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Ocala
Friday, August 20, 2021

Subaru of America suing Ocala Subaru to remove dealership’s authorization

An Ocala car dealership is being sued by an international manufacturer who alleges the business did not meet financial reporting requirements. 

Ocala Subaru, which is located at 4150 U.S. Highway 441, is being sued by Subaru of America, Inc. (SOA), in the U.S. Northern District Court of Florida. A complaint was filed with the court on Friday, July 16 to strip the local dealership of its authorization to sell new and authorized vehicles under the Subaru brand. 

This case arises out Ocala Subaru’s alleged breach of a September 30, 2020 Confidential Settlement Agreement and Release. According to the complaint, the settlement agreement provided that if Ocala Subaru failed to meet certain specific financial reporting requirements, its Subaru dealer agreement would terminate and the dealership would no longer be an authorized Subaru dealer. 

SOA, whose headquarters is based in New Jersey, says that Ocala Subaru agreed to the financial reporting requirements, failed to meet them, and is now denying that the authorized Subaru dealer agreement has been terminated. 

According to the complaint, SOA alleges that it issued a “Notice of Intent to Terminate Ocala Subaru” in January 2019. SOA says that the notice was based, in part, on Ocala Subaru’s “failure to maintain a uniform accounting system in the manner required by SOA.” The complaint further alleges that Ocala Subaru submitted “false and/or misleading monthly financial statements” to SOA.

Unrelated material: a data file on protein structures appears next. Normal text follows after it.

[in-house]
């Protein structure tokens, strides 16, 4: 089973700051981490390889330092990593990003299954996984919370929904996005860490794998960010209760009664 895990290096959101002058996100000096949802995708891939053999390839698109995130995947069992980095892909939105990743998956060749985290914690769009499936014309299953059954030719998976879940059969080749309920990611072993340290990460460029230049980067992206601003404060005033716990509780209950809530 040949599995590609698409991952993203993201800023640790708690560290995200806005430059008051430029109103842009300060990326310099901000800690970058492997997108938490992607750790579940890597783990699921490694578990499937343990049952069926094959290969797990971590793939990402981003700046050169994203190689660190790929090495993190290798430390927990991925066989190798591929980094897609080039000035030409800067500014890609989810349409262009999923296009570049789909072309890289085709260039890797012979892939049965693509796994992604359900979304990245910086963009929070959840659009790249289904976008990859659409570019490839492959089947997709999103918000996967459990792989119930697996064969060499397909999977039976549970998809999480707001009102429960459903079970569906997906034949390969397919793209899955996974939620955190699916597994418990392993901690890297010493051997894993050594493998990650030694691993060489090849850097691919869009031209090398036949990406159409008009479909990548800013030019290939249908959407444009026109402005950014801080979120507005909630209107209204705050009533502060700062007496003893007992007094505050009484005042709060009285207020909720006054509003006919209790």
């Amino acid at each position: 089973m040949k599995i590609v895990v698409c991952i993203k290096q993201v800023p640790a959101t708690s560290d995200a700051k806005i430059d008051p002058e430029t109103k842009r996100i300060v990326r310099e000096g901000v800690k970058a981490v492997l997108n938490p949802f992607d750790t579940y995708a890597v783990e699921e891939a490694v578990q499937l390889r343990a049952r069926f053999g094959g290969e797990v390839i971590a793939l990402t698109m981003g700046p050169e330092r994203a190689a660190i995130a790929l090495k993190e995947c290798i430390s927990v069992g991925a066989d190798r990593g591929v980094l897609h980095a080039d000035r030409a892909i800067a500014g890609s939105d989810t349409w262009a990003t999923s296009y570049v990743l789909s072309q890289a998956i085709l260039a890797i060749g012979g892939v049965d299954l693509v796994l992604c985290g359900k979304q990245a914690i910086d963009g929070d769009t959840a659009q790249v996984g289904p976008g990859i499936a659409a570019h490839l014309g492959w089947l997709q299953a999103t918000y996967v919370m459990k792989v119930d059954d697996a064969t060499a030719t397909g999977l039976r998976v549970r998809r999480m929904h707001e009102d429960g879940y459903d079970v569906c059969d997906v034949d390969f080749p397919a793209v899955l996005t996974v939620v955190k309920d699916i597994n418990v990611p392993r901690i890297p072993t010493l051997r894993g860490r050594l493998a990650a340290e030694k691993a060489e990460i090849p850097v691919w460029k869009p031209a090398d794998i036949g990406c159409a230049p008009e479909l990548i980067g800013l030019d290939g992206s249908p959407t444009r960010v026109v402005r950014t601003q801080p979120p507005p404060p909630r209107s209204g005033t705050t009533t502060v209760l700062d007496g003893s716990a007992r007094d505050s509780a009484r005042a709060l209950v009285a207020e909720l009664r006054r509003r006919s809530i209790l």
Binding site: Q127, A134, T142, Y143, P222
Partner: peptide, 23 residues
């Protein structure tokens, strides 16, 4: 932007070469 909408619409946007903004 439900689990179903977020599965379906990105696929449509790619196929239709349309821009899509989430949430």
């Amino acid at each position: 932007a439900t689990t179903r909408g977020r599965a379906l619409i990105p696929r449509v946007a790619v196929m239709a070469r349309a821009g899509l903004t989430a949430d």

After multiple amendments, responses, and discussions between the two organizations, the sides entered into a Settlement Agreement on September 30, 2020, according to the complaint, and a new dealer agreement was put into effect on November 1, 2020. 

SOA says that the agreement provided for specific requirements of Ocala Subaru, including having “four full-time service technicians and at least two service technicians who have completed SOA’s service technician training requirements.” 

The complaint further indicates that an attorney representing Ocala Subaru wrote in a June letter that the business “is conservatively worth $20,000,000 in goodwill value alone,” and that if SOA were to terminate the contract, it would expose itself to “liability for trebled damages of $60,000,000.”

Among other requests, the complaint is asking the court for a “permanent injunction” banning Ocala Subaru from selling “new Subaru vehicles and performing warranty repairs on Subaru vehicles,” as well as requiring the business to remove all of its Subaru signs, trademarks, and marketing materials.